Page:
Russia’s State Hermitage Museum, founded by Empress Catherine the Great in 1764, has hurtled into the 21st century with two projects built around NFTs. It recently reaped $440,500 from an auction of tokenised digital copies of five historic masterpieces from its collection, from Leonardo da Vinci to Van Gogh, hosted on the Binance NFT Marketplace. In November, the museum will stage a fully virtual research exhibition of “born-digital” NFT art.
While the Hermitage benefits financially from the Binance sale, the virtual exhibition aims to explore the artistic, rather than commercial, possibilities of NFTs. “My point is to distance the exhibition from the NFT market,” says Dimitri Ozerkov, the director of the Hermitage’s contemporary art department and the show’s curator. “We don’t care how much this art costs. We care about what it tells us, which questions arise, and how it influences society and shapes our future.”
Ozerkov describes the project, Ethereal Aether, as a “dialogue between the Hermitage as a museum and the NFT world” that will consider the booming blockchain-based movement as a new art form. Drawing parallels with the advent of photography, cinema and television, which each prompted people to question “whether it is art or not”, he says: “We have no doubt [NFTs are] art, but we want to discuss the specific possibilities of this medium.”
The exhibition is due to launch on 10 November with around 50 digital works by Russian and international artists, some borrowed from private collectors and others coming directly from the artists. It will also be “held in the virtual world”, Ozerkov says. Although there will be ways to access the show from the museum, for example by scanning QR codes, the Hermitage “will not materialise immaterial artworks”.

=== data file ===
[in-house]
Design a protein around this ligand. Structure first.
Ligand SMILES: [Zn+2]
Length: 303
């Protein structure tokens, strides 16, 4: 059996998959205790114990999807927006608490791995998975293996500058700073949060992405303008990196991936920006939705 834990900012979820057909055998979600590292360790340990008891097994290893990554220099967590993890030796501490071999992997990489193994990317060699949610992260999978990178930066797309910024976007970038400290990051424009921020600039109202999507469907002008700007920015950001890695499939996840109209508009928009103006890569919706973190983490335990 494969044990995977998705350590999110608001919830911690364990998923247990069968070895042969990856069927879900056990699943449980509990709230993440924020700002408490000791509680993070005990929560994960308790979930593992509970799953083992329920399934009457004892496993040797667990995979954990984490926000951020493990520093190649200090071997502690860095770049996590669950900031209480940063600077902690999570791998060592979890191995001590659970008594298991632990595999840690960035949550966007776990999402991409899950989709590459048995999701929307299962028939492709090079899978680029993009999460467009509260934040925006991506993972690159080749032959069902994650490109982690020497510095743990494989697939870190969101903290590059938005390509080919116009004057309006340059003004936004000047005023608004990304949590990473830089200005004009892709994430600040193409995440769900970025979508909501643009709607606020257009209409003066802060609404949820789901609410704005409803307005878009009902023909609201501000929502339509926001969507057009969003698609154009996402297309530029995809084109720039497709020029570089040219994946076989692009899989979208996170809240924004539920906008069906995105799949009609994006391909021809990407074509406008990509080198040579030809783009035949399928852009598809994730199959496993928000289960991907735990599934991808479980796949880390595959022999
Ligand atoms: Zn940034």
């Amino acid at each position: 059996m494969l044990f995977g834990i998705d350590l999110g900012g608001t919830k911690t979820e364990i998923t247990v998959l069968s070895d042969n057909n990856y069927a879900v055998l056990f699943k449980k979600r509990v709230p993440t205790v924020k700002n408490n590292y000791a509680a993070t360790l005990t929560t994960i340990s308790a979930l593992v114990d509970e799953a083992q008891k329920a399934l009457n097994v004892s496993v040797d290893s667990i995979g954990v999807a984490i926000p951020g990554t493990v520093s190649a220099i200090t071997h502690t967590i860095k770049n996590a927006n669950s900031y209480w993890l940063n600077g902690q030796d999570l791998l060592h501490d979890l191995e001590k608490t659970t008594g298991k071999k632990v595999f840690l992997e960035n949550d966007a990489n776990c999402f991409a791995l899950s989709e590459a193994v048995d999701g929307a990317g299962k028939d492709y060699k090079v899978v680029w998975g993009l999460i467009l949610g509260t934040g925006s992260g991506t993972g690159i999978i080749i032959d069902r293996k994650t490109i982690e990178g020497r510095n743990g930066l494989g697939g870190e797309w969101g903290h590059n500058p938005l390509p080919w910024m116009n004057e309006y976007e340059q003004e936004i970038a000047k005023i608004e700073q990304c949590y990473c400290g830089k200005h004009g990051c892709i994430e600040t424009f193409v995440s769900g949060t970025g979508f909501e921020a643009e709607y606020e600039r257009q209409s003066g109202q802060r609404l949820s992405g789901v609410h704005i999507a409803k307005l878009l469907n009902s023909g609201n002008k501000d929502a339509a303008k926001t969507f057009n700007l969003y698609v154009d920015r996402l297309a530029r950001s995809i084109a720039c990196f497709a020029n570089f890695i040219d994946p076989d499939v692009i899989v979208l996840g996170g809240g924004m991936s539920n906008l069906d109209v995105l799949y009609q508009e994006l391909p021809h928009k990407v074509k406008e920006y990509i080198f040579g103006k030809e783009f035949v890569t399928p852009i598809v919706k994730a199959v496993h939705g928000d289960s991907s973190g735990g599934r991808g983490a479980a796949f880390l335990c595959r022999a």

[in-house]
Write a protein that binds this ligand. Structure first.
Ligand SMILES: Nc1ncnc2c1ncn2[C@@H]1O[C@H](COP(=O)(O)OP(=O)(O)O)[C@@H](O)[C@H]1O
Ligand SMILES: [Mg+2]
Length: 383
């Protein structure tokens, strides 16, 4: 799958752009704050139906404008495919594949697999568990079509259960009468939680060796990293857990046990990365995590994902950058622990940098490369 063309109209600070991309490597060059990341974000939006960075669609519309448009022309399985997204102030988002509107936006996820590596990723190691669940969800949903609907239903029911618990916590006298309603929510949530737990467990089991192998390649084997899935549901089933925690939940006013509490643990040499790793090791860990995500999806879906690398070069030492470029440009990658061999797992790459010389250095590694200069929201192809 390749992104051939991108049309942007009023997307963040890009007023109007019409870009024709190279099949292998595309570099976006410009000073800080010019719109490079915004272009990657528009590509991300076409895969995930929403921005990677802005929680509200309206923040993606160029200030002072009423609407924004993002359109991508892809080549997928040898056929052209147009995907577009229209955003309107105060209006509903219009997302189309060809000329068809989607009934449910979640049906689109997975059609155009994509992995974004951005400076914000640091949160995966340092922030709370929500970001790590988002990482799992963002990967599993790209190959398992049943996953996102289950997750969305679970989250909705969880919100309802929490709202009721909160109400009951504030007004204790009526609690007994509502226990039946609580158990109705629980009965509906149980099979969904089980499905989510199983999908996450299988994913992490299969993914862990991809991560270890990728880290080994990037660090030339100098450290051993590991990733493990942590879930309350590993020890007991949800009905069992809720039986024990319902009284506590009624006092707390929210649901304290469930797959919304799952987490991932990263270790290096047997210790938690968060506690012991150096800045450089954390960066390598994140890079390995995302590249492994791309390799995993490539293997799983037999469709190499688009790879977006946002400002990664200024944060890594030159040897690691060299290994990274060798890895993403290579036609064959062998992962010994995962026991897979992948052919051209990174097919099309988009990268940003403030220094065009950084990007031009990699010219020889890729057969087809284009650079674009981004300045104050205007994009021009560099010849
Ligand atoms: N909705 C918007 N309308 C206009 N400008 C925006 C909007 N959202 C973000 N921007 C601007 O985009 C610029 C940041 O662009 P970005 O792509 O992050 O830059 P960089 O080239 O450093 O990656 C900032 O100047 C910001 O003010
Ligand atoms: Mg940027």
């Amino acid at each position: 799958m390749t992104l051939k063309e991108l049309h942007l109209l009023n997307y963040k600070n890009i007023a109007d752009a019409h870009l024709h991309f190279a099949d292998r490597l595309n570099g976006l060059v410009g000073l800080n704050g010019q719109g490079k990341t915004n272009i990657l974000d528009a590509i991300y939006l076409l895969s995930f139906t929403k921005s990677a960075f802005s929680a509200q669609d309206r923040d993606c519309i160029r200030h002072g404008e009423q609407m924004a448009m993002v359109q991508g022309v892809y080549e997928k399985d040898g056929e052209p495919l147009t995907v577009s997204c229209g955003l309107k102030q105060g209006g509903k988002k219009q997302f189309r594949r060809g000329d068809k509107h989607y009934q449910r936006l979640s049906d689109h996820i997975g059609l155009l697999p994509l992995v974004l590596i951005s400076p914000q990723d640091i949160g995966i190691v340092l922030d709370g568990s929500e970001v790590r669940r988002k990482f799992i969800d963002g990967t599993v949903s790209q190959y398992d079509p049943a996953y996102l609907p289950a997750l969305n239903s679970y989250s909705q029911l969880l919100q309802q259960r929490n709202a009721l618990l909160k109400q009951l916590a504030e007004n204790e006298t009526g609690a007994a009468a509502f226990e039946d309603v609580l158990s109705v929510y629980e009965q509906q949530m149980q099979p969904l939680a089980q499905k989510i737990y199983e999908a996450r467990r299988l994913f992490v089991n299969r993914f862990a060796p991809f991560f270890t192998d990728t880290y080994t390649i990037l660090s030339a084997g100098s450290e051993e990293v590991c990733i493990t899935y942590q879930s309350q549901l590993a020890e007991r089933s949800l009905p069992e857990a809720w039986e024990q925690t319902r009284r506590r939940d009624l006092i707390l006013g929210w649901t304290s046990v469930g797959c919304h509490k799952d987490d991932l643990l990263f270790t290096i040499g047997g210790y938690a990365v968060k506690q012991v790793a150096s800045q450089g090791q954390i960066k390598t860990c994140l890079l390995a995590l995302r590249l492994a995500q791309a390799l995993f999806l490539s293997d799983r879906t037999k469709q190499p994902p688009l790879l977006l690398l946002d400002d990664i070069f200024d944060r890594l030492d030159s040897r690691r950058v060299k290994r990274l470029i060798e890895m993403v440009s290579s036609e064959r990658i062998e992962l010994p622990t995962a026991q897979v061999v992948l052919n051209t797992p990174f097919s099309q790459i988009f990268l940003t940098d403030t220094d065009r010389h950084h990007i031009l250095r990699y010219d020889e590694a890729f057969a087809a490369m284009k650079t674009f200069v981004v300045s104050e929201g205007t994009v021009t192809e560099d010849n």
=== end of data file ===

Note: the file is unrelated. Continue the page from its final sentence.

The museum hopes to “define the place of NFTs within all of digital art”, according to Ozerkov, who sees the virtual exhibition as a sequel to past physical displays he has organised at the Hermitage, with works incorporating blockchain technology in 2018 and artificial intelligence in 2019.
Meanwhile, the Hermitage’s lawyers are carefully studying the legal implications of NFTs when it comes to its permanent collection, Ozerkov says. Jason Bailey, an early NFT collector and digital art advocate, recently wrote on his Artnome blog about the risk of “digital deaccession” if a museum mints and sells a replica of a physical collection object as a single-edition NFT—assigning exclusive ownership of the unique digital asset to the buyer. (The Hermitage’s NFT auction involved two digital copies of each painting; only one was offered for sale while the other remains with the museum.)
The Ethereal Aether project presents a solution: the Hermitage will invite digital artists to respond to its vast encyclopaedic collections in their own practice. “We don’t want to sell the museum’s digital archive,” Ozerkov says. “We want to create new works based on it.”
As the Hermitage pursues its engagement in the creation of NFTs, it is also taking legal action against what it calls the “unscrupulous use of its name and works in the NFT sphere”. Last month, the museum accused Till Lindemann, the frontman of the German band Rammstein, of selling “illegal tokens” based on footage from a music video he filmed in its galleries in May. It says Lindemann used images of museum objects and interiors, as well as the Hermitage name, for the commercial production of NFTs without authorisation, violating the terms of the licensing contract he had signed for the video.